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Vitamin B12.
By Tom Demerly.
Read this first about our reviews

Felt B12 2009
Felt's new 2009 B12 uses the high end B2 frameset, an innovative high end one piece aerobar, aerodynamic race-ready wheels and a pure Shimano Ultegra SL drivetrain making it the best buy in a tri bike in 2009.

Every year one bike shines above the others: Best value, best frame, best component spec, best color scheme. It may be any combination of factors that make the bike special. But every year, one bike nails it.

This year it is the new 2009 Felt B12.

The optimal combination of an upgraded frame with proven design combined with improved manufacturing and materials, a healthy up spec in components, an elegant new aero cockpit, versatile wheels and a pleasing color story make the new Felt B12 the thinking man’s value priced triathlon bike in 2009.

There is no such thing as the perfect bike though, and the B12 has two problems: One major, one minor. The major problem with the B12 is the name. It is downright misleading. In 2008 Felt built a bike called the B12. The 2008 B12 used a low end, heavier carbon fiber frameset that was OK… but not great. That combined with a ho-hum component spec prevented ‘08 B12 from shining. The all new 2009 B12 has almost nothing in common with the 2008 B12- it does not even use the same frame.

For 2009 the frame of the B12 has been upgraded to the same frame used in Felt’s high end B2 bikes. You read that right: The new B12 actually uses a B2 frame. This means the bike is lighter, rides more comfortably and is stiffer than the previous version. To put that upgrade in perspective we are talking about the same frame used on Felt’s $7499 B2 Pro, but on a bike with an excellent component spec for an MSRP of about $3K complete.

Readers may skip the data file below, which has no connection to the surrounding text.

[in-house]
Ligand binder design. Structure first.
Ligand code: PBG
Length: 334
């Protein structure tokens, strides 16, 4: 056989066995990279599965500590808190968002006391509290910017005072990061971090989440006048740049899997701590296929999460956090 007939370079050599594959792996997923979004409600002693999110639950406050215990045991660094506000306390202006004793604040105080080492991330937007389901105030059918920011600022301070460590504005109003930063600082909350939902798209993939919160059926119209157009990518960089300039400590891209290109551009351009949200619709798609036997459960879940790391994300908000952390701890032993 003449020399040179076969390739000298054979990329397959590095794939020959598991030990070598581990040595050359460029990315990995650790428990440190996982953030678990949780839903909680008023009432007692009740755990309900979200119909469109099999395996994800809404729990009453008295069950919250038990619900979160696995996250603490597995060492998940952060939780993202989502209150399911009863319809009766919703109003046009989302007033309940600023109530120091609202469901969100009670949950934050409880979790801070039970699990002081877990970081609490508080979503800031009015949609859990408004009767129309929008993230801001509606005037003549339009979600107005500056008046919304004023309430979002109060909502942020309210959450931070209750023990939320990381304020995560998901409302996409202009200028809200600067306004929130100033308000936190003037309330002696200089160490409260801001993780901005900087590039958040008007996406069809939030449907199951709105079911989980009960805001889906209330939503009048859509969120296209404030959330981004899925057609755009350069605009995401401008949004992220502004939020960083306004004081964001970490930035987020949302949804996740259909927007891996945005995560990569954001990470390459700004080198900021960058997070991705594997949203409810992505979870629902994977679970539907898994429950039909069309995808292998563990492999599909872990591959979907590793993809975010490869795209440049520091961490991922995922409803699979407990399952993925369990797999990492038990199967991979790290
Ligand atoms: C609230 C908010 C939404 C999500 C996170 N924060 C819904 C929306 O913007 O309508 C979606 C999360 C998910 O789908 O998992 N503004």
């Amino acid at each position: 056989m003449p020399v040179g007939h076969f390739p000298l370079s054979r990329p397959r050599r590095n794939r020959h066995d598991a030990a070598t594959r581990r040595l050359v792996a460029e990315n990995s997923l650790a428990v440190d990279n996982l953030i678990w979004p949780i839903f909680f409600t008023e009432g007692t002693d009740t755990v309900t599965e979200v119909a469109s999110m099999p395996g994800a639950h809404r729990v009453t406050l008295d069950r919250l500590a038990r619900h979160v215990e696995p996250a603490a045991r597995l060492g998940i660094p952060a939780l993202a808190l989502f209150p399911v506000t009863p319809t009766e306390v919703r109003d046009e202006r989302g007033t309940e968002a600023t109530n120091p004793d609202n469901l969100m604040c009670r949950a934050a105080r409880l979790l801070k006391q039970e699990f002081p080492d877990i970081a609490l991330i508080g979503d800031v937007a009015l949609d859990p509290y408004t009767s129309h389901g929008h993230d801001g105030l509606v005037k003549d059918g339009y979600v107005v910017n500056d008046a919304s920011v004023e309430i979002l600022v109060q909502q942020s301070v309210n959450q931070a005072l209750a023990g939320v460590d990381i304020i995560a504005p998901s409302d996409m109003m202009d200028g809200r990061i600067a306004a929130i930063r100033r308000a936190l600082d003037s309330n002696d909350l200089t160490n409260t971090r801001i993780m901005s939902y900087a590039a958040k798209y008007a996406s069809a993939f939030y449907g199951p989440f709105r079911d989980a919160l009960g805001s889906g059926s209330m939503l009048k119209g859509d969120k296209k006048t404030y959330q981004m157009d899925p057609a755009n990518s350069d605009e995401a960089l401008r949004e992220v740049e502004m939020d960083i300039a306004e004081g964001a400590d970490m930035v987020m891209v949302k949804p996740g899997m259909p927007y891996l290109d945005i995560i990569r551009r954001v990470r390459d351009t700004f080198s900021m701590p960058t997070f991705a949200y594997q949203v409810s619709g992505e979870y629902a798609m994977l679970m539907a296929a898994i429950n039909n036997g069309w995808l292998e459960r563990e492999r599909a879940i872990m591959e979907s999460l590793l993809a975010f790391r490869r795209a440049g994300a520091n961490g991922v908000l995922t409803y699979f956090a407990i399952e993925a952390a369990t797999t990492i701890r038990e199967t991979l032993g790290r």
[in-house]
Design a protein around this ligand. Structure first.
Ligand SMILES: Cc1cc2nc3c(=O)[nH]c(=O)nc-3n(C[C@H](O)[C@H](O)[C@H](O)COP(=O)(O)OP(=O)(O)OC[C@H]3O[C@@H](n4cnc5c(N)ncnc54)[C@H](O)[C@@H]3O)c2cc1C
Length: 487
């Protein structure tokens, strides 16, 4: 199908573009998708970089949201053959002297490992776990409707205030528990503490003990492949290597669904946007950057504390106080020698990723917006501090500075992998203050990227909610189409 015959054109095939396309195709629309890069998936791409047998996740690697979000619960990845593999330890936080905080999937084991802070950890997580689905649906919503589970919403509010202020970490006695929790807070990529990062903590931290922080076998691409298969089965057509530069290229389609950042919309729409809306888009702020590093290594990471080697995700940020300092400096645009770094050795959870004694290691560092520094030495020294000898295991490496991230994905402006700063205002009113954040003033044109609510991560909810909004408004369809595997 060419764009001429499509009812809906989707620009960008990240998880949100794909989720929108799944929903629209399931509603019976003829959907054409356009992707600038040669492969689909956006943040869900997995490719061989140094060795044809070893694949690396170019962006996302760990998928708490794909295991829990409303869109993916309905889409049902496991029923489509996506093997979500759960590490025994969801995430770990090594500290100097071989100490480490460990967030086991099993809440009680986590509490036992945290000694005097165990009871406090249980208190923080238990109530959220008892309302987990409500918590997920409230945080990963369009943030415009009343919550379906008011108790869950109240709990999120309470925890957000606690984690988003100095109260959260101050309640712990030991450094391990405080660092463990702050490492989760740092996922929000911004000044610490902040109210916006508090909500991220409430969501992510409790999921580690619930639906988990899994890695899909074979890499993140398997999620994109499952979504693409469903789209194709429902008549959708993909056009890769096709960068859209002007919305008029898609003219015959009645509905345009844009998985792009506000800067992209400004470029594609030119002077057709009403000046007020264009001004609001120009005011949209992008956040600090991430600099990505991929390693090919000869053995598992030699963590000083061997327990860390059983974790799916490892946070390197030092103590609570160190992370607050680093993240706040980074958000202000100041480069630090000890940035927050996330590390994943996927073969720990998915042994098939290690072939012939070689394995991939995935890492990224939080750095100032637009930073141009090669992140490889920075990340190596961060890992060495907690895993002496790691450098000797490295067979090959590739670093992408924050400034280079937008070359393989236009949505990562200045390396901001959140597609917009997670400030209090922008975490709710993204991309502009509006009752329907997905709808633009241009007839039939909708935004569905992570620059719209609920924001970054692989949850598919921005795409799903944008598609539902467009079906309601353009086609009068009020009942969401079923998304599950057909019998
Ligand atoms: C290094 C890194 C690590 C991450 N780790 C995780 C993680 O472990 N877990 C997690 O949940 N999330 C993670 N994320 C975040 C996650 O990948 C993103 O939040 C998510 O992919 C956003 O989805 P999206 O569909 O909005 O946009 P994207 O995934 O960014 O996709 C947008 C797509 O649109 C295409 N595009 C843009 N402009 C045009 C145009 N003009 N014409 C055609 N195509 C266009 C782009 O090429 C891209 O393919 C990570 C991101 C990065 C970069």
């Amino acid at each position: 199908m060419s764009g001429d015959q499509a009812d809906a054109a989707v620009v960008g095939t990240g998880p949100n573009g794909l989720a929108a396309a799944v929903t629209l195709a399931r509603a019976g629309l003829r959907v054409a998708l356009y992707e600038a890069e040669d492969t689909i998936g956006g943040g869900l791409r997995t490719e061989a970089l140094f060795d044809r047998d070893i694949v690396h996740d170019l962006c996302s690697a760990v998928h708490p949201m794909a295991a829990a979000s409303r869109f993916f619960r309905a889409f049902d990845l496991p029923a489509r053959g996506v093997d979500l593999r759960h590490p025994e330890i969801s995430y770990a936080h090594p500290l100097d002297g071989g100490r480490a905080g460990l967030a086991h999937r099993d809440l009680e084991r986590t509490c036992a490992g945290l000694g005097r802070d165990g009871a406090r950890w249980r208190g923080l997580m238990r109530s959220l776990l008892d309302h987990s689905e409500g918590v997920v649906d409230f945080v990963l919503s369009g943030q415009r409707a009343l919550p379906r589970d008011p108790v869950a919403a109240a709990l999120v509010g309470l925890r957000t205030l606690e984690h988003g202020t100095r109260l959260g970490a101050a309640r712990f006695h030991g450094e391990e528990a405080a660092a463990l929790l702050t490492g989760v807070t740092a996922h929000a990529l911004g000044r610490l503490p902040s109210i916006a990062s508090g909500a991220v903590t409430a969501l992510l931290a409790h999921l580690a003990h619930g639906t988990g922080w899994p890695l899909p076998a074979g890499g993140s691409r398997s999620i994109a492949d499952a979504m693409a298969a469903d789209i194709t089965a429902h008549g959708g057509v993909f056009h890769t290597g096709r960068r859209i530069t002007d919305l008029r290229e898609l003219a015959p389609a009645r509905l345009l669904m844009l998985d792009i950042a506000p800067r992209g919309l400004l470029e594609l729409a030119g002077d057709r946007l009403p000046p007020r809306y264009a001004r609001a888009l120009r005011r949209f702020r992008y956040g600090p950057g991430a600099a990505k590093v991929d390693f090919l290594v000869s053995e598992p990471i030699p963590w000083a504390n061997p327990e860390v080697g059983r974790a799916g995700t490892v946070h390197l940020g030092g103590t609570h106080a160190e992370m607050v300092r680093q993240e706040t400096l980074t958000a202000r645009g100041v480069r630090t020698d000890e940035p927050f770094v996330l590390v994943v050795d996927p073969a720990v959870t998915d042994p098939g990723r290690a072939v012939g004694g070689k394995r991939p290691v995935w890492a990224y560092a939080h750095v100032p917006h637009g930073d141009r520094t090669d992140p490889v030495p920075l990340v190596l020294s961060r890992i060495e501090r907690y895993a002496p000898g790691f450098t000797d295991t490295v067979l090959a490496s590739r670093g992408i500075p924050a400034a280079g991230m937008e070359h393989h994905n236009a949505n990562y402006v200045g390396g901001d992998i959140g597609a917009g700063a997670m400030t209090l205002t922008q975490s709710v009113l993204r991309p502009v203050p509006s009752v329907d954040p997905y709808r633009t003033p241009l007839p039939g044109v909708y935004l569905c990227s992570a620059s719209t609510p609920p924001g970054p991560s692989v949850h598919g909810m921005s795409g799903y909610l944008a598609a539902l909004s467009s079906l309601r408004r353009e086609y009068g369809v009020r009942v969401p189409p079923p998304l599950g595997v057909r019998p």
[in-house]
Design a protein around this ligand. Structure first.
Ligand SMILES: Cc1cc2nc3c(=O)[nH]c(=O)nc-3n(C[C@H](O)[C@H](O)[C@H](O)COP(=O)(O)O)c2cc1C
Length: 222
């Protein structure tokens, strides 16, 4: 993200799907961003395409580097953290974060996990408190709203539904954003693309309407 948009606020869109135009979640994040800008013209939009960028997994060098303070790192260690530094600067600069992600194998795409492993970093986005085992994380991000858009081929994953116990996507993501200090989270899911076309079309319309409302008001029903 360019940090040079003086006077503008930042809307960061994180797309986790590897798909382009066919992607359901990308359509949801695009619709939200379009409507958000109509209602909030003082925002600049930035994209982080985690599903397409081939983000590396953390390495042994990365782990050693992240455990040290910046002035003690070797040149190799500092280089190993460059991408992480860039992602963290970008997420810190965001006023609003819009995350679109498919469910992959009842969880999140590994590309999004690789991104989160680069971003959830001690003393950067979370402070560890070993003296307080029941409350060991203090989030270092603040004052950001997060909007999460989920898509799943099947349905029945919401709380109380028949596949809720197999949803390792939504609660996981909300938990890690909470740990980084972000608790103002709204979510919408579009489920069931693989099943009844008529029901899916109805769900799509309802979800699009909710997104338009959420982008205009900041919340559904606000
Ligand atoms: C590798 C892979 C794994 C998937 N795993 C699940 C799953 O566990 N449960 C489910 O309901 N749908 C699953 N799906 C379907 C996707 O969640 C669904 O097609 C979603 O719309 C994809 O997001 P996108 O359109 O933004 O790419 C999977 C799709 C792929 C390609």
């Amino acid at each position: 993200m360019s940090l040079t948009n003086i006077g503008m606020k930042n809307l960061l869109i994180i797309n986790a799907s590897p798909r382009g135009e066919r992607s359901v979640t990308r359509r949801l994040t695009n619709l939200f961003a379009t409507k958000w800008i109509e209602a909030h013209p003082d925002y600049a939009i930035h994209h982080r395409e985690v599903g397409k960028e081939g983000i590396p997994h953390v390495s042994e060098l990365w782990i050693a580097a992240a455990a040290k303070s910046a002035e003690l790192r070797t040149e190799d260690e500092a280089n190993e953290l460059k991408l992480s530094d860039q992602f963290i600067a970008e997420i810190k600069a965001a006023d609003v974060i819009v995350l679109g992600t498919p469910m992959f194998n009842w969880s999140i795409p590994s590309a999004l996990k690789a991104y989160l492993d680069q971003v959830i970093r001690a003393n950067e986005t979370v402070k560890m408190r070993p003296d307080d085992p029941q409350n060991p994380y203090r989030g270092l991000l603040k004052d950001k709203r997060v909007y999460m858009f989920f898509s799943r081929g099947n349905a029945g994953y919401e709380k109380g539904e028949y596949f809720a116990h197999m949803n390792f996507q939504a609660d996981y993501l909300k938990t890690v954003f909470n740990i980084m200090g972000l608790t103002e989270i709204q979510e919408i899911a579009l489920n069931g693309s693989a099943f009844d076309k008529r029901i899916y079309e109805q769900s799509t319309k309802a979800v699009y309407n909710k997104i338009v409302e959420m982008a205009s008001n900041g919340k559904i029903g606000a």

“… the 2009 B12 has been upgraded to the same frame as the high end B2 bikes. The new B12 actually uses a B2 frame.”

Felt B12 2009
The new B12 uses the high end Felt B2 frameset: Lighter, stiffer, more comfortable.

A higher end frame is the most significant upgrade for the B12 in 2009 and makes it an entirely new bike from the previous B12. Felt made a mistake by not re-naming the model to avoid confusion with the previous B12 from 2008. Consumers can’t see the difference in the framesets by looking at the bikes. They could tell the difference if they rode both of them enough. Over the duration of owning a bike the differences are significant. The new B12 frameset (the B2 frame) soaks up bumps better, goes up hills more responsively, weighs less and is more durable. Following Felt’s nomenclature of better bikes using smaller model number designations this new 2009 B12 should really be named the “B8”. What’s in a name? Both consumers and retailers are going to be confused and make the obvious association with the previous year’s bike. It will take an informed buyer to truly understand the difference (and advantages) of the new 2009 B12 over the previous one, and to recognize the value in the bike. The new B12 is the thinking man’s bike.

If you become an owner of the 2009 Felt B12, it won’t take you long to realize you just got a bike so nice it feels like theft.

Felt B12 2009
The author at the turnaround during the U.S. Navy SuperSEAL Triathlon in Coronado, California. This is the same frameset used in the B12 for 2009.